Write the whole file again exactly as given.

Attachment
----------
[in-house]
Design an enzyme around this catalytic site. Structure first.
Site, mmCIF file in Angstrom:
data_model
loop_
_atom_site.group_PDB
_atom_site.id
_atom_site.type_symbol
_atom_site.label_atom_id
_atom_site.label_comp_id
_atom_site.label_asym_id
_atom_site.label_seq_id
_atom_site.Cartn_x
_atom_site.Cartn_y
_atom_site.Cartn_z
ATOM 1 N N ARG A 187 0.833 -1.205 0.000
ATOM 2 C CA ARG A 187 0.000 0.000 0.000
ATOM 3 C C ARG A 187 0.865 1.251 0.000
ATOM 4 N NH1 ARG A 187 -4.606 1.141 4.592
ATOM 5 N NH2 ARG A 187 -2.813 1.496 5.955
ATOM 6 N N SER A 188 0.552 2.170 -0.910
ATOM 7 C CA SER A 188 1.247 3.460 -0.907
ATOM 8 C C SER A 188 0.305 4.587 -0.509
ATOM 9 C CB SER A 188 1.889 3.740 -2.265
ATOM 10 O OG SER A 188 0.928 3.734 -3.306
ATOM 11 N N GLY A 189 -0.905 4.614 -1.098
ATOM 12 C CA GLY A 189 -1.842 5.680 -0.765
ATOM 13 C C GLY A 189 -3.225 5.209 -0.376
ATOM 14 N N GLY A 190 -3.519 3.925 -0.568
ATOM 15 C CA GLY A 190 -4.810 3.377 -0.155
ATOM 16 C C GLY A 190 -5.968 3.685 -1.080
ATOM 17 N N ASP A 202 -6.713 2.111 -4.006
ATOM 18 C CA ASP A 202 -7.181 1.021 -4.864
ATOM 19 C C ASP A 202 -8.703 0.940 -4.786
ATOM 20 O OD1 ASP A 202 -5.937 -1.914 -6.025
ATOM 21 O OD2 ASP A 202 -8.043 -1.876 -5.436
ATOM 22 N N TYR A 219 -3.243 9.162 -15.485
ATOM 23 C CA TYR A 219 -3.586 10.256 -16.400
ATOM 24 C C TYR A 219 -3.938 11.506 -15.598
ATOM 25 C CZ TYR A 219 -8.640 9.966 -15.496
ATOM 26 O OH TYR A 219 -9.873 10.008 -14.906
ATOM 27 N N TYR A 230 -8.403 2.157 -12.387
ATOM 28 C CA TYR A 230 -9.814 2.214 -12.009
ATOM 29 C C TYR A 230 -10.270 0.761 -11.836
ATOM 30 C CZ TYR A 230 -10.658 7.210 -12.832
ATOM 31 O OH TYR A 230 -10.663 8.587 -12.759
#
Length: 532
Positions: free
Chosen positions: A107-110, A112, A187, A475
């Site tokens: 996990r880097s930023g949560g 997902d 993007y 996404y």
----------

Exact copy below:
[in-house]
Design an enzyme around this catalytic site. Structure first.
Site, mmCIF file in Angstrom:
data_model
loop_
_atom_site.group_PDB
_atom_site.id
_atom_site.type_symbol
_atom_site.label_atom_id
_atom_site.label_comp_id
_atom_site.label_asym_id
_atom_site.label_seq_id
_atom_site.Cartn_x
_atom_site.Cartn_y
_atom_site.Cartn_z
ATOM 1 N N ARG A 187 0.833 -1.205 0.000
ATOM 2 C CA ARG A 187 0.000 0.000 0.000
ATOM 3 C C ARG A 187 0.865 1.251 0.000
ATOM 4 N NH1 ARG A 187 -4.606 1.141 4.592
ATOM 5 N NH2 ARG A 187 -2.813 1.496 5.955
ATOM 6 N N SER A 188 0.552 2.170 -0.910
ATOM 7 C CA SER A 188 1.247 3.460 -0.907
ATOM 8 C C SER A 188 0.305 4.587 -0.509
ATOM 9 C CB SER A 188 1.889 3.740 -2.265
ATOM 10 O OG SER A 188 0.928 3.734 -3.306
ATOM 11 N N GLY A 189 -0.905 4.614 -1.098
ATOM 12 C CA GLY A 189 -1.842 5.680 -0.765
ATOM 13 C C GLY A 189 -3.225 5.209 -0.376
ATOM 14 N N GLY A 190 -3.519 3.925 -0.568
ATOM 15 C CA GLY A 190 -4.810 3.377 -0.155
ATOM 16 C C GLY A 190 -5.968 3.685 -1.080
ATOM 17 N N ASP A 202 -6.713 2.111 -4.006
ATOM 18 C CA ASP A 202 -7.181 1.021 -4.864
ATOM 19 C C ASP A 202 -8.703 0.940 -4.786
ATOM 20 O OD1 ASP A 202 -5.937 -1.914 -6.025
ATOM 21 O OD2 ASP A 202 -8.043 -1.876 -5.436
ATOM 22 N N TYR A 219 -3.243 9.162 -15.485
ATOM 23 C CA TYR A 219 -3.586 10.256 -16.400
ATOM 24 C C TYR A 219 -3.938 11.506 -15.598
ATOM 25 C CZ TYR A 219 -8.640 9.966 -15.496
ATOM 26 O OH TYR A 219 -9.873 10.008 -14.906
ATOM 27 N N TYR A 230 -8.403 2.157 -12.387
ATOM 28 C CA TYR A 230 -9.814 2.214 -12.009
ATOM 29 C C TYR A 230 -10.270 0.761 -11.836
ATOM 30 C CZ TYR A 230 -10.658 7.210 -12.832
ATOM 31 O OH TYR A 230 -10.663 8.587 -12.759
#
Length: 532
Positions: free
Chosen positions: A107-110, A112, A187, A475
């Site tokens: 996990r880097s930023g949560g 997902d 993007y 996404y």